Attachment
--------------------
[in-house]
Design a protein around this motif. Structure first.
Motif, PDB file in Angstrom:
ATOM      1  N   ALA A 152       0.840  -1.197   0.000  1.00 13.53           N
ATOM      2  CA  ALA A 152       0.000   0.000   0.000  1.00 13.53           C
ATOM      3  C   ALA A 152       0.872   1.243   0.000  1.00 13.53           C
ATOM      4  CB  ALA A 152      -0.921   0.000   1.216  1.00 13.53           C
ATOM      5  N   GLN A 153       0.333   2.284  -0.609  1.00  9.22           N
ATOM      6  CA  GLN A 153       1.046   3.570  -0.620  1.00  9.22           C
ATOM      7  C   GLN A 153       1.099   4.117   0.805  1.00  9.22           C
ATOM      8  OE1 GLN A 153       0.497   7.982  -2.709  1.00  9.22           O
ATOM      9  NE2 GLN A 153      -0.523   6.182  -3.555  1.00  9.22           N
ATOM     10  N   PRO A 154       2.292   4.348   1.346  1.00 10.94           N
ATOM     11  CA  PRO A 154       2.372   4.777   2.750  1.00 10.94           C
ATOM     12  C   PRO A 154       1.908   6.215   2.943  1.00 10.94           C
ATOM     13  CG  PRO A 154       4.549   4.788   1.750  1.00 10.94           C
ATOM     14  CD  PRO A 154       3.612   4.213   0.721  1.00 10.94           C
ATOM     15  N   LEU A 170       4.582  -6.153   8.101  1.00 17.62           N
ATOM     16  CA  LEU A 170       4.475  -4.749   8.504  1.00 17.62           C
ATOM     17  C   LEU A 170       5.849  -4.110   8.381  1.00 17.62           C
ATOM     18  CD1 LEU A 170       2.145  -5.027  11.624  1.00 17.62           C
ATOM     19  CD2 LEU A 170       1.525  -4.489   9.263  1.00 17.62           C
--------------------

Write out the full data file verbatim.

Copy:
[in-house]
Design a protein around this motif. Structure first.
Motif, PDB file in Angstrom:
ATOM      1  N   ALA A 152       0.840  -1.197   0.000  1.00 13.53           N
ATOM      2  CA  ALA A 152       0.000   0.000   0.000  1.00 13.53           C
ATOM      3  C   ALA A 152       0.872   1.243   0.000  1.00 13.53           C
ATOM      4  CB  ALA A 152      -0.921   0.000   1.216  1.00 13.53           C
ATOM      5  N   GLN A 153       0.333   2.284  -0.609  1.00  9.22           N
ATOM      6  CA  GLN A 153       1.046   3.570  -0.620  1.00  9.22           C
ATOM      7  C   GLN A 153       1.099   4.117   0.805  1.00  9.22           C
ATOM      8  OE1 GLN A 153       0.497   7.982  -2.709  1.00  9.22           O
ATOM      9  NE2 GLN A 153      -0.523   6.182  -3.555  1.00  9.22           N
ATOM     10  N   PRO A 154       2.292   4.348   1.346  1.00 10.94           N
ATOM     11  CA  PRO A 154       2.372   4.777   2.750  1.00 10.94           C
ATOM     12  C   PRO A 154       1.908   6.215   2.943  1.00 10.94           C
ATOM     13  CG  PRO A 154       4.549   4.788   1.750  1.00 10.94           C
ATOM     14  CD  PRO A 154       3.612   4.213   0.721  1.00 10.94           C
ATOM     15  N   LEU A 170       4.582  -6.153   8.101  1.00 17.62           N
ATOM     16  CA  LEU A 170       4.475  -4.749   8.504  1.00 17.62           C
ATOM     17  C   LEU A 170       5.849  -4.110   8.381  1.00 17.62           C
ATOM     18  CD1 LEU A 170       2.145  -5.027  11.624  1.00 17.62           C
ATOM     19  CD2 LEU A 170       1.525  -4.489   9.263  1.00 17.62           C